“He drafted me into politics. He was the one in the political frontline while I just supported him. I would accompany him to some political events…”
Senator Nkechi Justina Nwaogu represented Abia Central Senatorial District for three consecutive terms on the platform of the Peoples’ Democratic Party (PDP) 2015 when she defected to the ruling All Progressive Congress (APC).
In this interview with Daily Sun, recently, Senator Nwogu recalls life without her husband and the man who drafted her into politics. She spoke on other issues
We understand that you just acquired your doctorate degree in Political Science. What was the motivating factor for you to return to school again?
What moved me back to school again is to acquire more acknowledge because I felt that knowledge is never complete, hence you keep learning until you die.
As a politician, I needed to acquire the theoretical aspect of politics to help me make better contributions in the national polity. As expected, the road to getting my doctorate degree was naturally, challenging.
How did you meet your husband and what attracted him to you?
I met my husband in Aba when we were both young and what attracted me to him was he was intelligence and character. He was the Senior Prefect of his secondary school because he was an articulate and intelligent young man and these were the characteristics that attracted me to him. He was my source of inspiration.
At what stage in your marriage, did you show interest in politics and what was his response?
He drafted me into politics. He was the one in the political frontline while I just supported him. I would accompany him to some political events, especially when he was contesting. I accompanied him to campaign rallies and gradually, I began to develop the interest in politics
Was he supportive of your political ambition until his death?
Absolutely, my husband was very supportive of my political activities. He was my mentor, director and adviser. He groomed me and stood by me until his death.
There is reduction in the number of women in the 8th National Assembly as compare to the 6th and 7th Assembly. What would you say is responsible for low women participation in politics?
There are many factors responsible for visible reduction of women participation in politics. It includes cultural barriers, financial difficulties and the high cost of politics. The intrigues that are in politics is unbelievable. Above all, the violence that has become the order of the day in the nation’s politics is another story, entirely. These are some of the factors that have contributed to the massive reduction or gradual reduction of women participation in politics.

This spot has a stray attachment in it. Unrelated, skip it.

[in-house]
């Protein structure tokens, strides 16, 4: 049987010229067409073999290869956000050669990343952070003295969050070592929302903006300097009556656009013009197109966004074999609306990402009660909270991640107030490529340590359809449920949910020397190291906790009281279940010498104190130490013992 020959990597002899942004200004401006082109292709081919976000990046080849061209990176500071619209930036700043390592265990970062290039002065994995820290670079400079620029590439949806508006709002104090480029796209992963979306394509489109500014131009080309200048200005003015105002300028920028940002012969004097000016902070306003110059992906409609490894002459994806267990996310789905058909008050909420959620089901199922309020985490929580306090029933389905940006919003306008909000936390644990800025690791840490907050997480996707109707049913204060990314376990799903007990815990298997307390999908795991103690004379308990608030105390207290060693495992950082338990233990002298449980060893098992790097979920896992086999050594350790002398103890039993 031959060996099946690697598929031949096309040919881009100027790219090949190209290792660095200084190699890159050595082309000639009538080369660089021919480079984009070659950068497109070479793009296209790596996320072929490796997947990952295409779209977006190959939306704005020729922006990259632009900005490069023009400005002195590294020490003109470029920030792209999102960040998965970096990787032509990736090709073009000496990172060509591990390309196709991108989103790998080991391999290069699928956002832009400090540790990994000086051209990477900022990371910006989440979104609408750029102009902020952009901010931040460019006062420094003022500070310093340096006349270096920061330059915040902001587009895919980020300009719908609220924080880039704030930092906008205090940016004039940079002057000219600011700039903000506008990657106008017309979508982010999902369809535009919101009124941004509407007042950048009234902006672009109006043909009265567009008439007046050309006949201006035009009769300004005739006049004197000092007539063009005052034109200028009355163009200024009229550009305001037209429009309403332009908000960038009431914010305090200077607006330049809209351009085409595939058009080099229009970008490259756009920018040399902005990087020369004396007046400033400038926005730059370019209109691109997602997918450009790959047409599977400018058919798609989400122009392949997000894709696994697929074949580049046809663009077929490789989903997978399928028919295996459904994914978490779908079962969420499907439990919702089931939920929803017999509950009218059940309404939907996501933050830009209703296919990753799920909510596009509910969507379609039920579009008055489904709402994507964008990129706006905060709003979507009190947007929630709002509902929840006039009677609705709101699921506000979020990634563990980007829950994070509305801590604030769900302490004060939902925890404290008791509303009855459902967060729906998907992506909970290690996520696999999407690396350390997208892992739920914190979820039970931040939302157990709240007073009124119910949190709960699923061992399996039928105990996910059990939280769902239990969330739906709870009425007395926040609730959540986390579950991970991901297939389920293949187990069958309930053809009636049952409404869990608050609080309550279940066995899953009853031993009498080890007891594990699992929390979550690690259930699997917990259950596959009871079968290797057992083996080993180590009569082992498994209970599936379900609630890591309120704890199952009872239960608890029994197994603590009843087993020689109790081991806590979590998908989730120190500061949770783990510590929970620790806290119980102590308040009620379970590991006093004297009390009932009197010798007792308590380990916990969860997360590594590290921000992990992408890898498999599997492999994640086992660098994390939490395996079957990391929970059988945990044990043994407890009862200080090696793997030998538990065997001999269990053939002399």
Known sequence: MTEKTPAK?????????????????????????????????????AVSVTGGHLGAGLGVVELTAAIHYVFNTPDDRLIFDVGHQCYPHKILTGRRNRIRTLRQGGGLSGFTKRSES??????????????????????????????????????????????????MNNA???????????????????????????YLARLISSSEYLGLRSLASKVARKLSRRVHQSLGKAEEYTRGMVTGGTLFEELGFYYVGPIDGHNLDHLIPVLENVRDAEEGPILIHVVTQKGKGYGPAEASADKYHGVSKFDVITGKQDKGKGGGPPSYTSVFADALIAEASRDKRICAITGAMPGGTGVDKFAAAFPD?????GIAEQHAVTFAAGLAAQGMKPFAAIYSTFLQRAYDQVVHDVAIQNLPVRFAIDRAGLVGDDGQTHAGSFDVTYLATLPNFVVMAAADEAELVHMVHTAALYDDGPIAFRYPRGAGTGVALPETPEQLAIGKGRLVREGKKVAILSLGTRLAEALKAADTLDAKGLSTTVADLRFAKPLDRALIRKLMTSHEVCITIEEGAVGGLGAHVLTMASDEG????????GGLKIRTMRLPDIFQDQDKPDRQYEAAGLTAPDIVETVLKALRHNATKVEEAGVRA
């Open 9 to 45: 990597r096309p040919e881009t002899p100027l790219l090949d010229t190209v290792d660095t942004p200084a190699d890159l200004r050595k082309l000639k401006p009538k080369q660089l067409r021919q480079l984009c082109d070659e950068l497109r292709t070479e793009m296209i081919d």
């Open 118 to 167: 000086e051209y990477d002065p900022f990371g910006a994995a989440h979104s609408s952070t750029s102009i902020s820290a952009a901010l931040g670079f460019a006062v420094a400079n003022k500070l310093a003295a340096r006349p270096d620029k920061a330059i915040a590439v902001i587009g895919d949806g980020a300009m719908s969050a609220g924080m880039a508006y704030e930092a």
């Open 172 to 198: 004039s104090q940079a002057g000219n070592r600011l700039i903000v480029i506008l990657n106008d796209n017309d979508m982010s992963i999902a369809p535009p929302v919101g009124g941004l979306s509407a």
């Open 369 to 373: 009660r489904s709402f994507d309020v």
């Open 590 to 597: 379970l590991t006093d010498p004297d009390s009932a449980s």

How have you been able to combine marriage and active politics?
The secret of a successful marital life is having the fear of God. I was also submissive to my husband as the head of the house which means that as a woman, you must accept this simple divine fact. I was proud of my husband and I loved him. My husband was my friend because we grew up together.
I accepted him as the head of my family. My achievement as a politician did not influence me or took away my responsibility as a house wife. I had a successful married life and I believed in my husband’s leadership hence whatever I was and I ‘am, my late husband contributed immensely to it.
What is your take on the recent resignation of Minister of Finance, Kemi Adeosun over alleged NYSC certificate forgery?
That was a good step in the right direction and an example of a good leader worthy of emulation. Even though there must be something that must have prompted her to take the part of honour apart from the certificate issue.
Like I said earlier, I don’t know much of what happened and the acceptance of her resignation by President Muhammad Buhari. However, there must have been reasons which made her take the part of honour and that is exactly what she did. I commend her for her courage to do so.
Why did you leave PDP to the ruling party?
On why I left the opposition party, the 16 years of PDP administration in Nigeria to a large extent was a continued
learning and never growing up. I will also say that it was abysmal and had a culture of non-accountability. That was the reason we had the change in 2015. I hope they will allow this change to happen. It is a process and not event. They should allow it to take place and to enable us lay a foundation of development with policies that will help develop the nation.
Why do you want to return to the senate?
I want to go back to the Senate because the people of Abia Central Senatorial District have missed quality and effective representation within the last four years. They have missed accessibility to their representative. They have missed the dividends of democracy and federal presence in terms of infrastructural development.
That is why they are urging me to go back to the Senate in 2019 to initiate a restoration exercise. It is not by accident that Nigeria has a total of 109 Senatorial Districts. If a district is empty and devoid of anything qualitative, then that Senatorial District would have missed out. There is no representative from another Senatorial District that can overlap that non-performing representative, but for the people to vote him out and replace him with someone they feel will perform better. That is the good thing about democracy.
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